$400 an Hour for Foreclosure Defense? (and Glenn Garvin).

Remember when Glenn Garvin laughably contended that the only people in foreclosure trouble were those who deserved it?

This was his particularly ill-informed contention:
For all their frothing fulmination, neither the lawyers nor politicians nor journalists have been able to come up with any credible stories of people losing their homes despite faithfully paying their mortgages. They couldn't even find stories about people losing their homes despite being just a couple of payments behind.

That's because there aren't any.
So it's not particularly surprising that Glenn Garvin's own newspaper once again proves him dead wrong, in this harrowing tale of a foreclosure nightmare gone from bad to worse.

But I found this part pretty outrageous:

Hall paid her first lawyer, Alan Soven, more than $10,000 to fight the foreclosure. At one point Judge Friedman rebuked the Miami lawyer for subpar legal work, and the Florida Bar ordered him to refund $2,000 in legal fees to Hall in a mediation settlement. With a $400 hourly rate, he charged Hall nearly $3,000 for the 7.2 hours he spent trying to get legal approval to quit the case, court records show.
Soven declined to comment on the case.
Hall's next lawyer, Johnny Kincaide of The Kincaide Law Group in Weston, routinely skipped crucial court hearings and failed to file a response to a court ruling, causing the judge to penalize Hall with an order of default. Kincaide's firm is being investigated by Attorney General Bill McCollum after several homeowners said he promised to help them get a mortgage modification and then disappeared after taking their initial deposits. He did not return calls seeking comment.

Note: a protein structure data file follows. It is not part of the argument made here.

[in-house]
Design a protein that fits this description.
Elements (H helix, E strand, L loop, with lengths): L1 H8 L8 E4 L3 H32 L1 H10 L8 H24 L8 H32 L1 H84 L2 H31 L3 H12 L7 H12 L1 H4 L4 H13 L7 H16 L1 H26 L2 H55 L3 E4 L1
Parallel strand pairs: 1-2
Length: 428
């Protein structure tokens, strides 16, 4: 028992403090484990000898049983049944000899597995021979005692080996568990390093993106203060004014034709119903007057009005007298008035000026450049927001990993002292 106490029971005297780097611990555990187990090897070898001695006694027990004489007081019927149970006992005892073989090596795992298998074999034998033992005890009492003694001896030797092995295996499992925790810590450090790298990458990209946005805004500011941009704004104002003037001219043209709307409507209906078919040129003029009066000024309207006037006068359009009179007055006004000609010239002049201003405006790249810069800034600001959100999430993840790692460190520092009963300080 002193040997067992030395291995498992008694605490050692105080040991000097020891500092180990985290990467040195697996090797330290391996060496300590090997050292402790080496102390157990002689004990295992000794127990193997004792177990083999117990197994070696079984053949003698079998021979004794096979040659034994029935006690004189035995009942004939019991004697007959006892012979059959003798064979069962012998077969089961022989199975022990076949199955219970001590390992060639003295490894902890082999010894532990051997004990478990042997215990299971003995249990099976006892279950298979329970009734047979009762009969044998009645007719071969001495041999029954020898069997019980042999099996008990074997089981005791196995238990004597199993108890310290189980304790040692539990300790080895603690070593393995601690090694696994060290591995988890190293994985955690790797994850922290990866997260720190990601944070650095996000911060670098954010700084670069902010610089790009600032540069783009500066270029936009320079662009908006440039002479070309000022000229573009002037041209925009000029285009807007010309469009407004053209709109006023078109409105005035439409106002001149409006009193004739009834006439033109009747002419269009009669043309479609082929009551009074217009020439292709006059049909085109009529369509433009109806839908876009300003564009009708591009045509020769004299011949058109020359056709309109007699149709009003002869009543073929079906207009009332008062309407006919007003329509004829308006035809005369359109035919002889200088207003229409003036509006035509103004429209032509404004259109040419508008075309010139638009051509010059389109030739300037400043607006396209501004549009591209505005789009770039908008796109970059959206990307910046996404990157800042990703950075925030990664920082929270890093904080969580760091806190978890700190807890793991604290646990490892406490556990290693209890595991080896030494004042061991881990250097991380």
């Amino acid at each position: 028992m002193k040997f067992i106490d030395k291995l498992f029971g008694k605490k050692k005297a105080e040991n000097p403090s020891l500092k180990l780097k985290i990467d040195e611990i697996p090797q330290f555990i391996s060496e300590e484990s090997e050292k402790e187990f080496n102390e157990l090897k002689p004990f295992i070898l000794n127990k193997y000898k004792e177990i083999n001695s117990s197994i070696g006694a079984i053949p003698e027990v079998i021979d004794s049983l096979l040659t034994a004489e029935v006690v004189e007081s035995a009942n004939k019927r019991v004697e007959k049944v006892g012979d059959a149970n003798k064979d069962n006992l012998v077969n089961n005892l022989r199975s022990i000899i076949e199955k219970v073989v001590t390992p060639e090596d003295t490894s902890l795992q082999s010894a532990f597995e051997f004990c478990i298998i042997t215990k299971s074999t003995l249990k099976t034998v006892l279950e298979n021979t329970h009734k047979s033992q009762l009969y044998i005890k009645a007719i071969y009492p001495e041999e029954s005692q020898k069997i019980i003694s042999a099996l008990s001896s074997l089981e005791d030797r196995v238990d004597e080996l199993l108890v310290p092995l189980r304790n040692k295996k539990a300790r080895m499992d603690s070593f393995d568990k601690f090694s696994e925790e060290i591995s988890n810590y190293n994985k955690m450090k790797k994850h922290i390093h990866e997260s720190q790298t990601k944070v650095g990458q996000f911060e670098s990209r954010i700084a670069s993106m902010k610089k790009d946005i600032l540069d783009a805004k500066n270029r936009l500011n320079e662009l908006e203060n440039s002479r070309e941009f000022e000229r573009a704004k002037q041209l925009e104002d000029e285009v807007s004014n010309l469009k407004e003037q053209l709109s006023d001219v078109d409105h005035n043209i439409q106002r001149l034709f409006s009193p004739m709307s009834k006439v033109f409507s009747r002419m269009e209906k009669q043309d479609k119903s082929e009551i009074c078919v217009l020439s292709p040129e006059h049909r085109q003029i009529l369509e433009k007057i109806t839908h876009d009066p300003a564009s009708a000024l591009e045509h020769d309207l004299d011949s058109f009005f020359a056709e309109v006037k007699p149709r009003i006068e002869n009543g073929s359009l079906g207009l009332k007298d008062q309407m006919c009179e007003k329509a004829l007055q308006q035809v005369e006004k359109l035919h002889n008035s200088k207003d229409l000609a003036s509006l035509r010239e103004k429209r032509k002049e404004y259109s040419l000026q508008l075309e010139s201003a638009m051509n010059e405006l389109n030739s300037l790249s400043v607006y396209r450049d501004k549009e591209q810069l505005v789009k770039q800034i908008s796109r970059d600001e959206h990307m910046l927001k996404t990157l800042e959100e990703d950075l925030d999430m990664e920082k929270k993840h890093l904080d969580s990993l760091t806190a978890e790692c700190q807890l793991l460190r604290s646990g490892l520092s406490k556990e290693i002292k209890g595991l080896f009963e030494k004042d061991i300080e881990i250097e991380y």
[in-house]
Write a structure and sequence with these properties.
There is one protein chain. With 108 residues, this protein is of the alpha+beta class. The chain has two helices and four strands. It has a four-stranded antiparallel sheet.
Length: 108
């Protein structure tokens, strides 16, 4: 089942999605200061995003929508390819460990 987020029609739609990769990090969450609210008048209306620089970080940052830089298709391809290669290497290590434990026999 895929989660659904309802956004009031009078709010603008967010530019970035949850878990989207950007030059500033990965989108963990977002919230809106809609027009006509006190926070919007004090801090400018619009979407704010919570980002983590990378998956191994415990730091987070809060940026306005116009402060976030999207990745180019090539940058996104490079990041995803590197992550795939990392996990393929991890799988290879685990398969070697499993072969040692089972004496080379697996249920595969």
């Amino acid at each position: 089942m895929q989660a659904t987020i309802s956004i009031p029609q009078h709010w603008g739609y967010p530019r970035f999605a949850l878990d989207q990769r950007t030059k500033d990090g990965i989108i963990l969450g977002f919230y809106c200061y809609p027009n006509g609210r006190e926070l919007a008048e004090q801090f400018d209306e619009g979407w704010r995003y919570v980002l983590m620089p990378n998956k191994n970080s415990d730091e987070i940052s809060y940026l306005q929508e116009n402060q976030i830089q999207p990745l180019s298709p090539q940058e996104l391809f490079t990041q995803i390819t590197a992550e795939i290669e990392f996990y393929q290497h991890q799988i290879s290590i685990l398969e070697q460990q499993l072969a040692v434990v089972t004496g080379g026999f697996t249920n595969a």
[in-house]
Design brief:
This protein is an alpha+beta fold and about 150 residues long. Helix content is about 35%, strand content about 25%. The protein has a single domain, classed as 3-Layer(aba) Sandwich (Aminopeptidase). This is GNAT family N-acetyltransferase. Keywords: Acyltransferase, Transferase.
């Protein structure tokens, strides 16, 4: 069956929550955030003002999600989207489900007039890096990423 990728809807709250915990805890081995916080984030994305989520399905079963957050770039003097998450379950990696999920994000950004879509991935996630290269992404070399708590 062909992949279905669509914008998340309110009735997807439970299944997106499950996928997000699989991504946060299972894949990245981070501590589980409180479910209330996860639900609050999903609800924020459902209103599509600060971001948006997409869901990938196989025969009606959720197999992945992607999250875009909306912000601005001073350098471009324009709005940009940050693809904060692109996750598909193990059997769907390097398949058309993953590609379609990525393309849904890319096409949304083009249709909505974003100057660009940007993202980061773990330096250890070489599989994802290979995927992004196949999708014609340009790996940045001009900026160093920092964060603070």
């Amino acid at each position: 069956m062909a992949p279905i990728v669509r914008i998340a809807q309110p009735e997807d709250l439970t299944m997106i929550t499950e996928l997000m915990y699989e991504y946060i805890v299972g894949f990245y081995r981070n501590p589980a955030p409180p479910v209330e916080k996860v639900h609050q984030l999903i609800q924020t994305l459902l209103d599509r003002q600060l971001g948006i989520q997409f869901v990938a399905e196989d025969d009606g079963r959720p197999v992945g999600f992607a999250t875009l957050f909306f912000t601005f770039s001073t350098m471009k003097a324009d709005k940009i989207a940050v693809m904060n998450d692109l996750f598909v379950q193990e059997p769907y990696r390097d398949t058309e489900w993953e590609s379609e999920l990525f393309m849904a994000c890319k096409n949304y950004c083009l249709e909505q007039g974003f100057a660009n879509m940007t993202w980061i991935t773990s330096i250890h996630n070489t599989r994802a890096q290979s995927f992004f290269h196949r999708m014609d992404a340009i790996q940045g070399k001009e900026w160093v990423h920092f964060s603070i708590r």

I don't know whether the allegations of legal malpractice or incompetence are true, but there's really no good reason to charge $400 an hour to handle the defense of any foreclosure action, let alone to charge the client to withdraw from the case.

Good thing there are "no credible stories" of people getting screwed over in the foreclosure morass for Glenn to write about.


  1. I disagree about the hourly rate. There are some defenses, including complex statutory defenses, counterclaims and third party claims that would justify it, if done competently. Why should the foreclosure defense lawyer get paid less than the lawyers representing the bank? Some foreclosure defense lawyers have worked their asses off against mega-firms to uncover the fraud that is being perpetrated. Where do you think all this information about robo-signing, fake charges for service of process that was never performed; fraudulent notes, back-dated assignments, etc., is coming from? It's coming from hard-working lawyers representing homeowners. Because the government prosecutors have not been doing their jobs until recently. And, if the homeowner prevails, fees may be awardable agains the banks.